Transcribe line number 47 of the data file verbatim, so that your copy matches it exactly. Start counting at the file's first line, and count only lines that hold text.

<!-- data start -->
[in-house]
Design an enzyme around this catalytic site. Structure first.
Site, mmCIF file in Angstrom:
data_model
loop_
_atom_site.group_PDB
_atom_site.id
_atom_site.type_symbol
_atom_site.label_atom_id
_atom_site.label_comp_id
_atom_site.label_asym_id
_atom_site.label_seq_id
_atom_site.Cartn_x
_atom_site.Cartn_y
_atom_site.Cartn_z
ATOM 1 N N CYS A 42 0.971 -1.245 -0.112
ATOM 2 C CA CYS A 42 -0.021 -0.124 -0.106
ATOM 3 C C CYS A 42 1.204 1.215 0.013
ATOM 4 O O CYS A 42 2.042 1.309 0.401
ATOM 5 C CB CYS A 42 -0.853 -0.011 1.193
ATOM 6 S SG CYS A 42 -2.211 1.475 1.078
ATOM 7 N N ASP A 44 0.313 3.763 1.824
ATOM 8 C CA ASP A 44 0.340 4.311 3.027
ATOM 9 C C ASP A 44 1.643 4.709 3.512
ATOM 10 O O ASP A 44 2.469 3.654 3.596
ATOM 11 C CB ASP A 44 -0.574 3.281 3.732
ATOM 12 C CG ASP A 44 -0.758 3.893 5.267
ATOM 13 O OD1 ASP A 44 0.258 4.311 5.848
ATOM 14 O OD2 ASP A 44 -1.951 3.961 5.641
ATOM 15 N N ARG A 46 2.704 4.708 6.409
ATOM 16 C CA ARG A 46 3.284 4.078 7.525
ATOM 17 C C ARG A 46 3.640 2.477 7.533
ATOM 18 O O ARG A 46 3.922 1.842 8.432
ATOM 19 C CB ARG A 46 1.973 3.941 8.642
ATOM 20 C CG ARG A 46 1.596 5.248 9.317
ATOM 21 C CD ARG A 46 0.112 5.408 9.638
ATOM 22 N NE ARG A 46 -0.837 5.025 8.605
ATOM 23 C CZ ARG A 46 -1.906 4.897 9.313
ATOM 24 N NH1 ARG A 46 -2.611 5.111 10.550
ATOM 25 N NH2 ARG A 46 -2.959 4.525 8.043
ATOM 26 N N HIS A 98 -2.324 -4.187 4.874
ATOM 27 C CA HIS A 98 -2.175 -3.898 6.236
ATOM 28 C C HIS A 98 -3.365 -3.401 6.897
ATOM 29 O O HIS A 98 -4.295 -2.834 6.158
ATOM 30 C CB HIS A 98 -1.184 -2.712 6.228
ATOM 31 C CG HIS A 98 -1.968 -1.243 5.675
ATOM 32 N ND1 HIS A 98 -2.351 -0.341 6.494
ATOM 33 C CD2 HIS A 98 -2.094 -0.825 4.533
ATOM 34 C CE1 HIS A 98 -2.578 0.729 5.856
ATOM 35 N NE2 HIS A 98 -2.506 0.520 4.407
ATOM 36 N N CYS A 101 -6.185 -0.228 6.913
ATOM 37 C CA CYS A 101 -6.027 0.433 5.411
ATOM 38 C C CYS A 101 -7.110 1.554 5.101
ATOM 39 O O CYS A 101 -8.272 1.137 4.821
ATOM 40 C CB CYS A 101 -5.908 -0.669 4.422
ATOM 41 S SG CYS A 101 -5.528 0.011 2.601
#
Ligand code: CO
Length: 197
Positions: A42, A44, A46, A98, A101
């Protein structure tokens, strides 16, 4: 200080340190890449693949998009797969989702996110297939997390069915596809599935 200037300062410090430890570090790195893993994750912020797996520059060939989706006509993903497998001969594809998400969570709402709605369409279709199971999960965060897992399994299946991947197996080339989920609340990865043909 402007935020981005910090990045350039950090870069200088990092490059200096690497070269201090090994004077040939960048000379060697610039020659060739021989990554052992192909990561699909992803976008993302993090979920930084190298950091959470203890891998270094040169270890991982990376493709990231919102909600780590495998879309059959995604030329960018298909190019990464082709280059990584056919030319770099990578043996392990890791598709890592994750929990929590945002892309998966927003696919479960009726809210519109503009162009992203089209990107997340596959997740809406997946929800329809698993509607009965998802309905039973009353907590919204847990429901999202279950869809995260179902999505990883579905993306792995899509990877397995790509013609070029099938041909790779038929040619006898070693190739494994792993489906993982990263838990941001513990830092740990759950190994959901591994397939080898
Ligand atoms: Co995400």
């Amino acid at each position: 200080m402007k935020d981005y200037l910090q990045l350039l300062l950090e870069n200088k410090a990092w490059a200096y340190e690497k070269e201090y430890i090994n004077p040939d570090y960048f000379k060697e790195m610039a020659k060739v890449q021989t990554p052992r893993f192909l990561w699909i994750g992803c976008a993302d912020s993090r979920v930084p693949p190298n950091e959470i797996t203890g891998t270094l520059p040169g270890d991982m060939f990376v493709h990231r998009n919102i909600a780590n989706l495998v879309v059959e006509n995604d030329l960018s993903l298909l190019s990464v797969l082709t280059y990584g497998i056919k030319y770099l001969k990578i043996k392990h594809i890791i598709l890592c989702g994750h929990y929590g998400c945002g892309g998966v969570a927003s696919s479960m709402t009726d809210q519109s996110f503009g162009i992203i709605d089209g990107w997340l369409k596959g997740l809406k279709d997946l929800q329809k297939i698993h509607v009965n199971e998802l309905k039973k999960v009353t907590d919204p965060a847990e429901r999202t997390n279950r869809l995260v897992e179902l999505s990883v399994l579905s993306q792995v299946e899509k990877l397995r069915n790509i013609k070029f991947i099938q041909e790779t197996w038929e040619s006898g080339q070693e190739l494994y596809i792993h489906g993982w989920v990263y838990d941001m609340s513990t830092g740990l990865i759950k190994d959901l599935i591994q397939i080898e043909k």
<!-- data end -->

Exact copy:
ATOM 32 N ND1 HIS A 98 -2.351 -0.341 6.494